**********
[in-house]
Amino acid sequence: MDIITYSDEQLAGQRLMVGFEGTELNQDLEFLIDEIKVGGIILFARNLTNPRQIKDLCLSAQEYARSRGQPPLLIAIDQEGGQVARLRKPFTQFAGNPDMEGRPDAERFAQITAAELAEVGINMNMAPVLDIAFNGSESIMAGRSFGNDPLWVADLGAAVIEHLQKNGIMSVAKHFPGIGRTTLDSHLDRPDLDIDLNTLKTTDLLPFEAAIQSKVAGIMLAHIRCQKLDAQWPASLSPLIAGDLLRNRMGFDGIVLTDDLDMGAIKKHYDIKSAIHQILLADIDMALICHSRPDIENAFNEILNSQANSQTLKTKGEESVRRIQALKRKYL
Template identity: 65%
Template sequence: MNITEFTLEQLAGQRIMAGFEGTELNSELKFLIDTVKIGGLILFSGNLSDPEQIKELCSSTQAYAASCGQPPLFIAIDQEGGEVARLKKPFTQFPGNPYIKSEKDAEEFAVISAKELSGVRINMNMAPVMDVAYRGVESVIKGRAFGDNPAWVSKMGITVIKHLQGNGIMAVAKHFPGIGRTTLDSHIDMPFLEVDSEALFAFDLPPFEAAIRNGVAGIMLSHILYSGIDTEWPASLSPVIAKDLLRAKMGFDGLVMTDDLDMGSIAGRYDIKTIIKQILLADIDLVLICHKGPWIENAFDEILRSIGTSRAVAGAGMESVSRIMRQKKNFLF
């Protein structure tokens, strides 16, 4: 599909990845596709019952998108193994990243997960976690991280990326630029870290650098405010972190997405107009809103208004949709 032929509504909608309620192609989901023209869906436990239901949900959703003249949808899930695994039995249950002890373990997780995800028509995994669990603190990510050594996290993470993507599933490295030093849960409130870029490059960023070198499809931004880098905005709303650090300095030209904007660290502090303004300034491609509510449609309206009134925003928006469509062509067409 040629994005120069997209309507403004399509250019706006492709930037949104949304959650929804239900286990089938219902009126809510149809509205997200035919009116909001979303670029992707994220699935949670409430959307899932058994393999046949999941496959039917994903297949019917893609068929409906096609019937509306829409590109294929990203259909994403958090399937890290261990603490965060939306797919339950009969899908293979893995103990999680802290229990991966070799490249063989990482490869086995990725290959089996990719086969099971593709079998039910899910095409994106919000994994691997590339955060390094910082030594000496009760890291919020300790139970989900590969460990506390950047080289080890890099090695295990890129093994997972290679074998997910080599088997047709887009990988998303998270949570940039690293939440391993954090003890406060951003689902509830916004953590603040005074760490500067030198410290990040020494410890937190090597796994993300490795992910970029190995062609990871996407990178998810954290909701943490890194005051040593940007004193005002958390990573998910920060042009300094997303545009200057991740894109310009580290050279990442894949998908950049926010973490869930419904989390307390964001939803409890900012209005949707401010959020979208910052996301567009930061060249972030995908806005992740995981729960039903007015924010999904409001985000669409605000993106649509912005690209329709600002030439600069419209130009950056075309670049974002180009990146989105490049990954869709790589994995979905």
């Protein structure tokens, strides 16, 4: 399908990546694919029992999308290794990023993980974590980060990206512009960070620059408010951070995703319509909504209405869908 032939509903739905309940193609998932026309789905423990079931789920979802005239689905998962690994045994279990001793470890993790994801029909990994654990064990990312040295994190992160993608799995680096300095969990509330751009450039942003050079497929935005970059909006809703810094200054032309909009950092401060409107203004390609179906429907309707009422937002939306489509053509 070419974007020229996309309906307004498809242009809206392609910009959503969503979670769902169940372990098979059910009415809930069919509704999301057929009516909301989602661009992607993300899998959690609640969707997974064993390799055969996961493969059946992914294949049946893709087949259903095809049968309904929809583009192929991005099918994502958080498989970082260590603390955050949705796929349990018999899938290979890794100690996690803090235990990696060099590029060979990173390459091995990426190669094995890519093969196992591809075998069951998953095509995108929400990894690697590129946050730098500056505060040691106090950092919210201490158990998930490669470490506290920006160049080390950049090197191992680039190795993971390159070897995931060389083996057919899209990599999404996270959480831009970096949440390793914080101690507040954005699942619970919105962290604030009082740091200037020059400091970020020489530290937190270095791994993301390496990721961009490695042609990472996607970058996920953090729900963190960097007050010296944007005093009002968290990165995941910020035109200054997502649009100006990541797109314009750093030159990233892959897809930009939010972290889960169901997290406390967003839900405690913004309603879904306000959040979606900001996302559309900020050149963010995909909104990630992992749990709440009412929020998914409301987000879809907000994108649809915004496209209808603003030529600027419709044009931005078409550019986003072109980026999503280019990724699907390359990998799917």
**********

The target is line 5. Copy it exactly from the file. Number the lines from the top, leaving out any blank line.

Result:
């Protein structure tokens, strides 16, 4: 599909990845596709019952998108193994990243997960976690991280990326630029870290650098405010972190997405107009809103208004949709 032929509504909608309620192609989901023209869906436990239901949900959703003249949808899930695994039995249950002890373990997780995800028509995994669990603190990510050594996290993470993507599933490295030093849960409130870029490059960023070198499809931004880098905005709303650090300095030209904007660290502090303004300034491609509510449609309206009134925003928006469509062509067409 040629994005120069997209309507403004399509250019706006492709930037949104949304959650929804239900286990089938219902009126809510149809509205997200035919009116909001979303670029992707994220699935949670409430959307899932058994393999046949999941496959039917994903297949019917893609068929409906096609019937509306829409590109294929990203259909994403958090399937890290261990603490965060939306797919339950009969899908293979893995103990999680802290229990991966070799490249063989990482490869086995990725290959089996990719086969099971593709079998039910899910095409994106919000994994691997590339955060390094910082030594000496009760890291919020300790139970989900590969460990506390950047080289080890890099090695295990890129093994997972290679074998997910080599088997047709887009990988998303998270949570940039690293939440391993954090003890406060951003689902509830916004953590603040005074760490500067030198410290990040020494410890937190090597796994993300490795992910970029190995062609990871996407990178998810954290909701943490890194005051040593940007004193005002958390990573998910920060042009300094997303545009200057991740894109310009580290050279990442894949998908950049926010973490869930419904989390307390964001939803409890900012209005949707401010959020979208910052996301567009930061060249972030995908806005992740995981729960039903007015924010999904409001985000669409605000993106649509912005690209329709600002030439600069419209130009950056075309670049974002180009990146989105490049990954869709790589994995979905």